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Leg ulcers and hydroxyurea: forty-one cases.
Arch Dermatol. 1999 Jul; 135(7):818-20.AD

Abstract

BACKGROUND

Hydroxyurea is an antitumor agent used to treat chronic myeloproliferative disorders. Leg ulcerations have been reported in patients undergoing long-term hydroxyurea therapy for myeloproliferative diseases. To better define this dermatological adverse effect of hydroxyurea therapy and to try to understand the pathophysiological process of this disease, we collected medical information for such patients in a multicenter retrospective study.

OBSERVATIONS

Forty-one patients (mean age, 67 years) developed leg ulcerations while undergoing hydroxyurea therapy (mean therapy duration, 5 years). The sex ratio was 1, and there was no underlying vascular disease. Hematologic abnormalities were identified. Complete recovery from the ulcerations occurred quickly after withdrawal of treatment in 33 (80%) of the cases.

CONCLUSIONS

This longest-reported series of patients confirms the role of hydroxyurea therapy in the onset of leg ulcerations. Healing or improvement requires cessation of treatment. Cutaneous atrophy and impaired wound healing may explain the relationship between hydroxyurea and leg ulcers. In addition, the megaloblastic erythrocytes resulting from the presence of hydroxyurea may circulate poorly through the capillary network. A prospective study in hematologic centers would be valuable.

Authors+Show Affiliations

Rééducation Vasculaire, Hôpital Broussais, Paris, France. marie-emmanuelle.sirieix-h@brs.ap-hop-paris.frNo affiliation info availableNo affiliation info availableNo affiliation info availableNo affiliation info availableNo affiliation info availableNo affiliation info availableNo affiliation info availableNo affiliation info availableNo affiliation info availableNo affiliation info availableNo affiliation info availableNo affiliation info availableNo affiliation info availableNo affiliation info availableNo affiliation info availableNo affiliation info availableNo affiliation info availableNo affiliation info available

Pub Type(s)

Journal Article
Multicenter Study
Research Support, Non-U.S. Gov't

Language

eng

PubMed ID

10411157

Citation

Sirieix, M E., et al. "Leg Ulcers and Hydroxyurea: Forty-one Cases." Archives of Dermatology, vol. 135, no. 7, 1999, pp. 818-20.
Sirieix ME, Debure C, Baudot N, et al. Leg ulcers and hydroxyurea: forty-one cases. Arch Dermatol. 1999;135(7):818-20.
Sirieix, M. E., Debure, C., Baudot, N., Dubertret, L., Roux, M. E., Morel, P., Frances, C., Loubeyres, S., Beylot, C., Lambert, D., Humbert, P., Gauthier, O., Dandurand, M., Guillot, B., Vaillant, L., Lorette, G., Bonnetblanc, J. M., Lok, C., & Denoeux, J. P. (1999). Leg ulcers and hydroxyurea: forty-one cases. Archives of Dermatology, 135(7), 818-20.
Sirieix ME, et al. Leg Ulcers and Hydroxyurea: Forty-one Cases. Arch Dermatol. 1999;135(7):818-20. PubMed PMID: 10411157.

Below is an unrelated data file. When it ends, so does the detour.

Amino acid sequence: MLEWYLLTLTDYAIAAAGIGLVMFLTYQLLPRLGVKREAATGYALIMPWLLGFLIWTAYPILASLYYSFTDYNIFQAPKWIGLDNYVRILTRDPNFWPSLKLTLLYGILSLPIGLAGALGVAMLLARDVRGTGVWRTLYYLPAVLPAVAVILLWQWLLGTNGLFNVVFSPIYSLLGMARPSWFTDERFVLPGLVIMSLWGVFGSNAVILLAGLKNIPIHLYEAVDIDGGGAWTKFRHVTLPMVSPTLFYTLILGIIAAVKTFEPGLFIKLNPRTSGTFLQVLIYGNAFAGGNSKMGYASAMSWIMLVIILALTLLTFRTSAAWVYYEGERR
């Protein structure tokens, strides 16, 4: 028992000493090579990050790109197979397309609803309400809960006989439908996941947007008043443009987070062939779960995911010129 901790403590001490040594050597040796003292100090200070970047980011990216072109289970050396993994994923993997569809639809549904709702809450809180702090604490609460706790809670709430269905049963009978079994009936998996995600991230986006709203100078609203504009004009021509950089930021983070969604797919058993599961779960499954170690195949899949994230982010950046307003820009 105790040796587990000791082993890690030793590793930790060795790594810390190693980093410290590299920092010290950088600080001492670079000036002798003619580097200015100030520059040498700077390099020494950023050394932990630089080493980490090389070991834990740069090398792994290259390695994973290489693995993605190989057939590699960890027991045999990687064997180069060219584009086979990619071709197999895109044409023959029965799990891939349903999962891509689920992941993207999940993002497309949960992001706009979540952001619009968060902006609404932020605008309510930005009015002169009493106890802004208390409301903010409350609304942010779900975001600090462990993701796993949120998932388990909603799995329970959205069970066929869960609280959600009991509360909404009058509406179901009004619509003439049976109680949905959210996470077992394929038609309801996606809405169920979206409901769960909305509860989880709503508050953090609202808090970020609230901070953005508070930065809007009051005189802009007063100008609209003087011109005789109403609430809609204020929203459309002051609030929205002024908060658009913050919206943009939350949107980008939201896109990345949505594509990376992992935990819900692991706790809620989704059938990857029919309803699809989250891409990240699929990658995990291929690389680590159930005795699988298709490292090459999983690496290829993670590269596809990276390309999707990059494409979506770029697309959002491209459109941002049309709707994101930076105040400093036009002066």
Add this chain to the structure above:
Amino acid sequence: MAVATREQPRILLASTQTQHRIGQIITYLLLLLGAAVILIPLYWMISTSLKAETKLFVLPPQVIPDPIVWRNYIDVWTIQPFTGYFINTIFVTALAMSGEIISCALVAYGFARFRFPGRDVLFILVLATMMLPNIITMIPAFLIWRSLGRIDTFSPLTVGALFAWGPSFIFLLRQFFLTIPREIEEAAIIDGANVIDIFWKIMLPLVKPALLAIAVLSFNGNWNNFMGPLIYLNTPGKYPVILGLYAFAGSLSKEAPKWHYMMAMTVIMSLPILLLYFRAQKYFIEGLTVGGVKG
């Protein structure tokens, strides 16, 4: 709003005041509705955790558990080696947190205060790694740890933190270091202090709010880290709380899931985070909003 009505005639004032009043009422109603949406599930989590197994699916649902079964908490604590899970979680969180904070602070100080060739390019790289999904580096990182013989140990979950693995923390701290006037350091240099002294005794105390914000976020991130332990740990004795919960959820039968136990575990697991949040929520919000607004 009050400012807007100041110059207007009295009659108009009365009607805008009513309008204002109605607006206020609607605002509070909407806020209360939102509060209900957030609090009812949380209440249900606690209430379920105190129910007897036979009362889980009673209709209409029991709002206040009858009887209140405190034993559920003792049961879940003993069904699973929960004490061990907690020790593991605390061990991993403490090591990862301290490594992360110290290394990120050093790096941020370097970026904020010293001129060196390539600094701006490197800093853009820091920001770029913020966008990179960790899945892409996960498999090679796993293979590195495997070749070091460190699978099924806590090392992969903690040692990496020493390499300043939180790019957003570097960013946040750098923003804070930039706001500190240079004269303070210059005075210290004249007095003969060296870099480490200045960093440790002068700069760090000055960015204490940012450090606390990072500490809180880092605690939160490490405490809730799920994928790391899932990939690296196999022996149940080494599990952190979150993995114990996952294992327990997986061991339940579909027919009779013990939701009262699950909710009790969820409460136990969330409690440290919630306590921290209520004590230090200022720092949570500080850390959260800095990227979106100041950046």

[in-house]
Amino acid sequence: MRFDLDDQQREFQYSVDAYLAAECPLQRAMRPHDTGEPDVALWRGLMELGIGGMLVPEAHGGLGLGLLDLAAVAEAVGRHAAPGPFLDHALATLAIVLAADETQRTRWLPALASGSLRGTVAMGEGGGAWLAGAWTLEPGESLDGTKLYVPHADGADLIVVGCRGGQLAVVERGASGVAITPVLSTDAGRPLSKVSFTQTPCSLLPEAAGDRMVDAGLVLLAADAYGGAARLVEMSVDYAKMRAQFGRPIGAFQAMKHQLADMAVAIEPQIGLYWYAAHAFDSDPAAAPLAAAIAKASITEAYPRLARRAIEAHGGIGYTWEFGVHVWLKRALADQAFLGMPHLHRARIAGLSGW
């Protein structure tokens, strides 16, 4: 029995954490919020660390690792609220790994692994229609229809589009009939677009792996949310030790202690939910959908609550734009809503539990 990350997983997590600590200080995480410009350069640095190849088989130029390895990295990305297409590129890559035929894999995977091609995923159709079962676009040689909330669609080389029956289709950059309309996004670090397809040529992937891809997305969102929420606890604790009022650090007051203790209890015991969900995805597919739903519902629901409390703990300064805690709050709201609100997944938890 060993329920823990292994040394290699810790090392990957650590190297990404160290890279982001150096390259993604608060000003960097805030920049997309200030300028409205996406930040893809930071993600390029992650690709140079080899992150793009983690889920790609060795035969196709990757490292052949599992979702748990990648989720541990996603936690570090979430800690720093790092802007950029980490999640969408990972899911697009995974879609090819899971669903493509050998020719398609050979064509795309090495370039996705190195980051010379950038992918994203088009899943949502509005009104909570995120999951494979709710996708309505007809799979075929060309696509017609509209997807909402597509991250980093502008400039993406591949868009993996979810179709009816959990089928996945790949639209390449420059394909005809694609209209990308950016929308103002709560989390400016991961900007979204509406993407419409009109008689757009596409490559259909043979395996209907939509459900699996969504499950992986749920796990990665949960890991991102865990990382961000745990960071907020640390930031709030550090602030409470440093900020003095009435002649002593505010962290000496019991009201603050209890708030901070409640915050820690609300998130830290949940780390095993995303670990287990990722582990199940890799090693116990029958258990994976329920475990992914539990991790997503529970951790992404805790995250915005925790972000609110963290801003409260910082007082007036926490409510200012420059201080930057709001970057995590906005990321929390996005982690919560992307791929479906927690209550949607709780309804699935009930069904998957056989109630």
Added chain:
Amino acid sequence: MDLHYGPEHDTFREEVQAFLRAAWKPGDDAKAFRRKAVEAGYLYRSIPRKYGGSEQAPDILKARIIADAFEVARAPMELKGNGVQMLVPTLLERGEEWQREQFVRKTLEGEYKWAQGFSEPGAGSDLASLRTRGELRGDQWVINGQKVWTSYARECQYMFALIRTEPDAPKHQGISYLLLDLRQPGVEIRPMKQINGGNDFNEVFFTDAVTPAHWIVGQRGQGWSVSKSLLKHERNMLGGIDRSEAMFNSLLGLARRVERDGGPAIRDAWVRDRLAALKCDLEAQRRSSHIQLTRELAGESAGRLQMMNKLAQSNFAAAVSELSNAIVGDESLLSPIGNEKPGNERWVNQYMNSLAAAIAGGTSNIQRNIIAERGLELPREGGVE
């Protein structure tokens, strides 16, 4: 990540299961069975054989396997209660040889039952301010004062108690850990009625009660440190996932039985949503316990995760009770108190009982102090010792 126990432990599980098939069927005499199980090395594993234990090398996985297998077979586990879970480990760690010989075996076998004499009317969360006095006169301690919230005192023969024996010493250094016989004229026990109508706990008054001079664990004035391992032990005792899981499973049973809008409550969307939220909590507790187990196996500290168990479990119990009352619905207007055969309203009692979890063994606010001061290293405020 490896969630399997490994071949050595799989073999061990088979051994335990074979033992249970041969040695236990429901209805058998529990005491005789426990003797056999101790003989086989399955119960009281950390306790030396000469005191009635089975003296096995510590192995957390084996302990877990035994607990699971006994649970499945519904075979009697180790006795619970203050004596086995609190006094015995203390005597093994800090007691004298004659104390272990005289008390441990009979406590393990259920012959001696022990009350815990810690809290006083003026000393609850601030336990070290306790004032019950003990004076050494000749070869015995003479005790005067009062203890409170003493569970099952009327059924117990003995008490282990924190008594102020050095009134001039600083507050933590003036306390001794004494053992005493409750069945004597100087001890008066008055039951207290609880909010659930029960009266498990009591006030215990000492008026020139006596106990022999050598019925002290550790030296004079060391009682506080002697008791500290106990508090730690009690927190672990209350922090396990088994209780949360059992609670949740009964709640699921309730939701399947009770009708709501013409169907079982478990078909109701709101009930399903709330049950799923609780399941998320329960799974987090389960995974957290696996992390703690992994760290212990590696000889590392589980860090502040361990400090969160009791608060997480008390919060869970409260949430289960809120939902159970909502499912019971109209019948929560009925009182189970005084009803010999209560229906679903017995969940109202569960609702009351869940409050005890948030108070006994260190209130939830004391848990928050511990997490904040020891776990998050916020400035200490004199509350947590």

* Article titles in AMA citation format should be in sentence-case
TY - JOUR T1 - Leg ulcers and hydroxyurea: forty-one cases. AU - Sirieix,M E, AU - Debure,C, AU - Baudot,N, AU - Dubertret,L, AU - Roux,M E, AU - Morel,P, AU - Frances,C, AU - Loubeyres,S, AU - Beylot,C, AU - Lambert,D, AU - Humbert,P, AU - Gauthier,O, AU - Dandurand,M, AU - Guillot,B, AU - Vaillant,L, AU - Lorette,G, AU - Bonnetblanc,J M, AU - Lok,C, AU - Denoeux,J P, PY - 1999/7/20/pubmed PY - 1999/7/20/medline PY - 1999/7/20/entrez SP - 818 EP - 20 JF - Archives of dermatology JO - Arch Dermatol VL - 135 IS - 7 N2 - BACKGROUND: Hydroxyurea is an antitumor agent used to treat chronic myeloproliferative disorders. Leg ulcerations have been reported in patients undergoing long-term hydroxyurea therapy for myeloproliferative diseases. To better define this dermatological adverse effect of hydroxyurea therapy and to try to understand the pathophysiological process of this disease, we collected medical information for such patients in a multicenter retrospective study. OBSERVATIONS: Forty-one patients (mean age, 67 years) developed leg ulcerations while undergoing hydroxyurea therapy (mean therapy duration, 5 years). The sex ratio was 1, and there was no underlying vascular disease. Hematologic abnormalities were identified. Complete recovery from the ulcerations occurred quickly after withdrawal of treatment in 33 (80%) of the cases. CONCLUSIONS: This longest-reported series of patients confirms the role of hydroxyurea therapy in the onset of leg ulcerations. Healing or improvement requires cessation of treatment. Cutaneous atrophy and impaired wound healing may explain the relationship between hydroxyurea and leg ulcers. In addition, the megaloblastic erythrocytes resulting from the presence of hydroxyurea may circulate poorly through the capillary network. A prospective study in hematologic centers would be valuable. SN - 0003-987X UR - https://www.unboundmedicine.com/medline/citation/10411157/Leg_ulcers_and_hydroxyurea:_forty_one_cases_ L2 - https://jamanetwork.com/journals/jamadermatology/fullarticle/vol/135/pg/818 DB - PRIME DP - Unbound Medicine ER -